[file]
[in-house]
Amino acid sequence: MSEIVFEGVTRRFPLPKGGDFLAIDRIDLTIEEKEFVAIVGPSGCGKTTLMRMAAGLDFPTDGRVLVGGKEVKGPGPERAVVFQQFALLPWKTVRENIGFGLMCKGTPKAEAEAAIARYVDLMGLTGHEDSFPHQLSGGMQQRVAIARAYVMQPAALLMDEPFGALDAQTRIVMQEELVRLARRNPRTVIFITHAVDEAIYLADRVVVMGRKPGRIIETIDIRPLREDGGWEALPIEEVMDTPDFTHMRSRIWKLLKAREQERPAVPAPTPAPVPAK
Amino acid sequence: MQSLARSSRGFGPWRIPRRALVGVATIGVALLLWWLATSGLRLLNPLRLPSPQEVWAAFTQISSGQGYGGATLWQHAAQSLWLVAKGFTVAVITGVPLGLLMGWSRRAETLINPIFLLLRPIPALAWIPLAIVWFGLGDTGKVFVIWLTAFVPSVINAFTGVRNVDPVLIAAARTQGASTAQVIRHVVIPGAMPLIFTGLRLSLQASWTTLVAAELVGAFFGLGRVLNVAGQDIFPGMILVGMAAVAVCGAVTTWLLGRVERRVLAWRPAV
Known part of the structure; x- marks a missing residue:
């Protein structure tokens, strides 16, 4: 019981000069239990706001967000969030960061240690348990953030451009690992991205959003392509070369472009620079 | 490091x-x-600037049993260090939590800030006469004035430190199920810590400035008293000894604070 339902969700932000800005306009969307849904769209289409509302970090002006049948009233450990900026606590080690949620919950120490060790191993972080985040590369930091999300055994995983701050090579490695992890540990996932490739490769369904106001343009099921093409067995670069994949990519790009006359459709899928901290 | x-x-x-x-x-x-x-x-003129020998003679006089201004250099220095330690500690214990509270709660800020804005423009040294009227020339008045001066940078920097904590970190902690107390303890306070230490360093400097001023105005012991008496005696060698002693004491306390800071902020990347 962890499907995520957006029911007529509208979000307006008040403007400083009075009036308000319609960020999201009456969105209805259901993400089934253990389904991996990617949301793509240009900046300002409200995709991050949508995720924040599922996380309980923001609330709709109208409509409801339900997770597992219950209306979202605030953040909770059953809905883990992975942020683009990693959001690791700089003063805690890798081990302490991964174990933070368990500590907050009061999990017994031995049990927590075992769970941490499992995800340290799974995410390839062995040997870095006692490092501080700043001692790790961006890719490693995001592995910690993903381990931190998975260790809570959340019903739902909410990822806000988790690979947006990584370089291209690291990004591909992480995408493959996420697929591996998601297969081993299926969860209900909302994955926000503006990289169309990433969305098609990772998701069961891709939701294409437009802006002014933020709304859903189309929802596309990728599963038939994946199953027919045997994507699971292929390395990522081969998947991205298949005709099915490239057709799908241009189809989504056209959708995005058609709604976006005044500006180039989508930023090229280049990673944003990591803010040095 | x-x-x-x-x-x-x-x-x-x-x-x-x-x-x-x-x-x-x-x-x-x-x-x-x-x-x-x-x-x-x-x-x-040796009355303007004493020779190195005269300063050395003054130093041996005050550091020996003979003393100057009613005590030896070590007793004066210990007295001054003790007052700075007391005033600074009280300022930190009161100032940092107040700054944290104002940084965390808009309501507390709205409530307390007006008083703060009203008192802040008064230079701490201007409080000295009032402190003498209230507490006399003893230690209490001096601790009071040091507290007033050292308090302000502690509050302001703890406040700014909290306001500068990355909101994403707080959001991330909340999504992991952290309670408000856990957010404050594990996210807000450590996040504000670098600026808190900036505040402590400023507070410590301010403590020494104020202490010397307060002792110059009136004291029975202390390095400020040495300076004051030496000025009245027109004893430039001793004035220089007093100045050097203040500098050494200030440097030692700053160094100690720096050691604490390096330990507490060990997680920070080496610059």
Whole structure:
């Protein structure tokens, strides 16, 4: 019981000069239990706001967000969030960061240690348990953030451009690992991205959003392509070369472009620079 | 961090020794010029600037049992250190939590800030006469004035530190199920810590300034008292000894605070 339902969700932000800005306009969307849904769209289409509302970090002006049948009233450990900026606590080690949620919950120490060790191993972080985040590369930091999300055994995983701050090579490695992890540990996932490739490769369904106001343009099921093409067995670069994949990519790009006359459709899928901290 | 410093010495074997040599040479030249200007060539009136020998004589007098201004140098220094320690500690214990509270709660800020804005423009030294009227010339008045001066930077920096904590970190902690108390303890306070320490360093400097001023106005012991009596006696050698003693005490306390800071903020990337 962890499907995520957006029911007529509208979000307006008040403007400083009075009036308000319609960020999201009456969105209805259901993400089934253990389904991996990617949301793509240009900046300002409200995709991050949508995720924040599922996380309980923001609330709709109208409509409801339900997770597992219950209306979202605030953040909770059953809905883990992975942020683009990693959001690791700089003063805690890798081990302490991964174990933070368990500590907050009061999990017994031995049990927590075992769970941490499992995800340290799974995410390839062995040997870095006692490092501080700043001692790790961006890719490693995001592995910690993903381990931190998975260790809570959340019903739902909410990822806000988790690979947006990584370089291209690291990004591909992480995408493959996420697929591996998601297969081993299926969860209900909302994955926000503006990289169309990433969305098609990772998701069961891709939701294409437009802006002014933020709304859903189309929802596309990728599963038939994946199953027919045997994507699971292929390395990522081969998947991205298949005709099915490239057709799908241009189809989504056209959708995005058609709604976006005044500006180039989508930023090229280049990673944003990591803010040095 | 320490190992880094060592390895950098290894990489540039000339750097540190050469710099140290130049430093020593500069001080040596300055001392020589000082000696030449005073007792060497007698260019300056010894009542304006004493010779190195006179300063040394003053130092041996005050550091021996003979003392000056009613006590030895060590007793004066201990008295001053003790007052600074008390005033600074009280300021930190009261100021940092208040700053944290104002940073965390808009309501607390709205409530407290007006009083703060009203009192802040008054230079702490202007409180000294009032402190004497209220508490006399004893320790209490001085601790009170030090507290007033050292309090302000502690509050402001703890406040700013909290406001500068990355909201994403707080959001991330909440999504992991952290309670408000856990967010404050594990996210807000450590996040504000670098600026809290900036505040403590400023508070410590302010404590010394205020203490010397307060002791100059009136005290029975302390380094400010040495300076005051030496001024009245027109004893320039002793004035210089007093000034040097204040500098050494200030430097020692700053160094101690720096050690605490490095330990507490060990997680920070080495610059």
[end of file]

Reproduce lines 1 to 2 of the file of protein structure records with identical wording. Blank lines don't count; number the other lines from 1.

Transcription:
[in-house]
Amino acid sequence: MSEIVFEGVTRRFPLPKGGDFLAIDRIDLTIEEKEFVAIVGPSGCGKTTLMRMAAGLDFPTDGRVLVGGKEVKGPGPERAVVFQQFALLPWKTVRENIGFGLMCKGTPKAEAEAAIARYVDLMGLTGHEDSFPHQLSGGMQQRVAIARAYVMQPAALLMDEPFGALDAQTRIVMQEELVRLARRNPRTVIFITHAVDEAIYLADRVVVMGRKPGRIIETIDIRPLREDGGWEALPIEEVMDTPDFTHMRSRIWKLLKAREQERPAVPAPTPAPVPAK